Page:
McDonald's (NYSE:MCD) has been firing on all cylinders lately. Shares of the fast food giant are up more than 40% from their lows of the past 12 months, putting the stock at historical highs as sales growth accelerates. Let's look at the main drivers behind this impressive rally and, perhaps more importantly, what the stock has to offer for investors looking ahead.
A delicious turnaround
McDonald's boasts nearly 36,500 restaurants around the world, and it's not easy to find growth when you reach such a gargantuan scale. The fast food industry is also very competitive, and many consumers around the world are increasingly seeking out healthier nutrition habits, an area in which McDonald's is not particularly well-positioned to compete. In this challenging environment, McDonald's had produced stagnant sales in key markets such as the U.S. since 2013.
However, the company is implementing a successful turnaround under the leadership of Steve Easterbrook, who took the reins as CEO in March 2015. Comparable sales in the U.S. turned positive for the first time in two years during the third quarter of 2015, and performance has remained strong since then. Product innovation has been a major growth driver lately, with initiatives such as all-day breakfast and the new McPick 2 value platform producing solid results.
All-day breakfast is already eight months old, but it continues driving sales growth for the company. Breakfast offerings are filling a pricing gap on the menu, and many customers are adding all-day breakfast items to traditional lunch or dinner orders. With such promising early results, McDonald's is working on new ways to expand all-day breakfast based on customer feedback.
The company is also focused on improving operations and offering better service to customers, especially in key areas such as accuracy and speed of service in the drive-through lane. According to management, McDonald's enjoyed a 6% year-over-year increase in overall customer satisfaction scores last quarter, so consumers are noticing a difference in their dining experience.
The cpompany reported a healthy increase of 6.2% in global comparable sales during the first quarter of 2016, while comparable sales in the U.S. grew 5.2%. According to Easterbrook, the business is delivering healthy momentum across the board, and the company is not only delivering improving financials but also gaining market share versus the competition.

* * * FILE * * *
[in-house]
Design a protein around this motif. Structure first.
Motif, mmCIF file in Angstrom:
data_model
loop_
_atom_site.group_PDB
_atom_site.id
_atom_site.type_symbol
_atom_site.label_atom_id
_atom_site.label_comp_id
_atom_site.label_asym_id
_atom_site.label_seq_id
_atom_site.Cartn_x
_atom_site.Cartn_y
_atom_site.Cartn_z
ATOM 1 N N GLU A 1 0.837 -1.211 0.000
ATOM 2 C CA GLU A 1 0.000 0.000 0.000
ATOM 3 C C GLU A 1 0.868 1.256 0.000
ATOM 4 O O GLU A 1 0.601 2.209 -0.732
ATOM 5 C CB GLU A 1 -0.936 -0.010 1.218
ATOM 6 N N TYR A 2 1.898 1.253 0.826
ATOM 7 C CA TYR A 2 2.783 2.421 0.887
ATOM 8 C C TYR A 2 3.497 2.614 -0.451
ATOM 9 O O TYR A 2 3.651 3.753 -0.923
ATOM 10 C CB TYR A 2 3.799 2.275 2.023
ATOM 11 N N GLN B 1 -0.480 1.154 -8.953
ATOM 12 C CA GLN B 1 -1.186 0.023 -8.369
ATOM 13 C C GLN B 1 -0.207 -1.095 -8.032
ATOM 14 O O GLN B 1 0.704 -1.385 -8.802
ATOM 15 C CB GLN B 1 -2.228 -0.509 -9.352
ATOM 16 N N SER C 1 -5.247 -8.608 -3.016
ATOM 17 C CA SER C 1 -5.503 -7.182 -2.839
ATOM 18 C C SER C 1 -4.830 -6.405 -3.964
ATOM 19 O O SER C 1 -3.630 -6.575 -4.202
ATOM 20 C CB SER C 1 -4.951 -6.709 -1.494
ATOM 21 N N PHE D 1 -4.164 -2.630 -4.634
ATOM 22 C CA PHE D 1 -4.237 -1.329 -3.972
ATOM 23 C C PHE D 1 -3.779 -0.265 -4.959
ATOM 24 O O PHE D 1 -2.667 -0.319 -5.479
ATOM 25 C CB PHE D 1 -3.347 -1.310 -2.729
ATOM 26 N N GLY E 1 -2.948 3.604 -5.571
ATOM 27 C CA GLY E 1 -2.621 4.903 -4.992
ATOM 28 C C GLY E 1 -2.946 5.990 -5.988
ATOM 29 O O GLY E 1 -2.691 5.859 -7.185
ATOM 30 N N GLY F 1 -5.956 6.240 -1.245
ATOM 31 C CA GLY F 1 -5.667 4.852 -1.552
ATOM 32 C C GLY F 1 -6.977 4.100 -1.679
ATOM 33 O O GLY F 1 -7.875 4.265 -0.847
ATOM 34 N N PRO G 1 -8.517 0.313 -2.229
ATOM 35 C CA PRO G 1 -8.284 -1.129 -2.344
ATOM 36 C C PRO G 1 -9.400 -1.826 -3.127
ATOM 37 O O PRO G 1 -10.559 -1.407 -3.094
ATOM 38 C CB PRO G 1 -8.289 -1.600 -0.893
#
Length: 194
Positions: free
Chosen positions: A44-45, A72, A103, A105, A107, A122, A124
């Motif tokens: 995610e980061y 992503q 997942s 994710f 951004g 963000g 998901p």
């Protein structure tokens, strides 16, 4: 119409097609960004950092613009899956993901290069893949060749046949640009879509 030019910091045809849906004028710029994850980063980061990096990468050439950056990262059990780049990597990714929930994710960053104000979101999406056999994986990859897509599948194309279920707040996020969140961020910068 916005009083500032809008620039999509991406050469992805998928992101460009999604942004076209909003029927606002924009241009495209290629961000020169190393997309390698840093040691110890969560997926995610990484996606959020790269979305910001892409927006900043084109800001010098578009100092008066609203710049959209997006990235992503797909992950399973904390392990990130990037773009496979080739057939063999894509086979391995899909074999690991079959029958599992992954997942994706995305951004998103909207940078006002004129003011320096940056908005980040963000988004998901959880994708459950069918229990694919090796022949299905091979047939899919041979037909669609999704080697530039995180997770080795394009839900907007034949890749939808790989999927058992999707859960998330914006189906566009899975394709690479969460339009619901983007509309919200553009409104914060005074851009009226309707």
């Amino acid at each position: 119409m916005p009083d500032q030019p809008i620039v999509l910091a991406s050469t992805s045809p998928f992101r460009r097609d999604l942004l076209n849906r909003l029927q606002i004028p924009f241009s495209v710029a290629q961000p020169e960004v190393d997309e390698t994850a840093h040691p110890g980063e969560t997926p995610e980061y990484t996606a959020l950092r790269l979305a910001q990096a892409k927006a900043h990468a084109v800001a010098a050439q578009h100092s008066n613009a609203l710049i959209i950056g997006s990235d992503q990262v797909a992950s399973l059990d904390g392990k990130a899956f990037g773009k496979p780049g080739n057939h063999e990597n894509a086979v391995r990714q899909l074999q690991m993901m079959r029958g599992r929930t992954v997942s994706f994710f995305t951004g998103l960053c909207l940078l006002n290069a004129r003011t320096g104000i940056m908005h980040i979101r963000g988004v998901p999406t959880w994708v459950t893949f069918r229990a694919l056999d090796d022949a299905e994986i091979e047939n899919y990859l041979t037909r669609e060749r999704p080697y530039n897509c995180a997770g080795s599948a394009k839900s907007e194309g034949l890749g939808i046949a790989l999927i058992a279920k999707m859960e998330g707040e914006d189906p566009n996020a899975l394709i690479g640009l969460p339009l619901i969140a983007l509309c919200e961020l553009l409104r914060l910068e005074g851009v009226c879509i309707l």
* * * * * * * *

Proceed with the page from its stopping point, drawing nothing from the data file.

During the first quarter earnings call, Easterbrook noted:
The momentum we are experiencing is broad-based. All business segments are contributing to our growth. The actions we are taking are driving notable change for our customers and giving them more reasons to visit McDonald's. This is reflected not only in our financial performance but also in the recent market share growth we are seeing across most of our major markets.
Product innovation remains a big part of the company's growth strategy over the middle term. McDonald's is testing burgers made with fresh beef as a replacement for frozen patties at 14 different restaurants in Dallas. Similarly, the company is experimenting with Gilroy Garlic Fries in some of its San Francisco restaurants.
The company is also testing a low-calorie breakfast menu at nearly 800 restaurants in California, including products such as egg whites, yogurt, and even kale. Millennials and young consumers are a crucial demographic segment in the fast food industry, and these customers are especially conscious of the importance of a healthy diet, so McDonald's would benefit substantially if it can gain some traction among these customers.
Looking abroad, McDonald's is betting on international growth for its store base expansion. The company has recently opened its first restaurant in Kazakhstan, broadening its global presence to 120 countries. Over the coming five years, McDonald's is planning to expanding with 1,500 restaurants in China, Hong Kong, and Korea.
Management is planning to refranchise 4,000 stores by the end of 2018, increasing the franchised store base from 82% to 95% of all units. This heavily franchised business model should have a positive effect on profit margins, making revenue and cash flow more stable and predictable for McDonald's investors going forward.
Not a value meal anymore
Turning to valuation, McDonald's stock looks reasonably priced but not particularly cheap at current prices. The shares carry a trailing price-to-earnings ratio in the neighborhood of 25 times, a premium versus the overall market, as the average company in the S&P 500 trades at around 19 times. Restaurant stocks, however, typically trade at a higher valuations with an industry average of about 28 times based on data from Morningstar.
The following table compares multiple valuation ratios for McDonald's versus competitors, including Yum! Brands, Chipotle Mexican Grill, Domino's Pizza, and Wendy's. When looking at metrics such as price-to-earnings, price-to-earnings growth, and dividend yield, McDonald's stock is trading roughly in line with other major restaurant chains.
|Chipotle Mexican Grill||44.4||38.4||3.66||N/A|
Easterbrook and his management team are doing a great job at accelerating sales growth, and McDonald's looks well-positioned for sustained performance going forward. However, the turnaround in sales is already incorporated into the valuation, and McDonald's is priced for more demanding expectations at this stage.
It's not as if the stock is overvalued, so McDonald's can still deliver solid gains for investors as long as management keeps leading the business in the right direction. On the other hand, from current price levels, returns over the middle term will probably be much more modest than in the past year.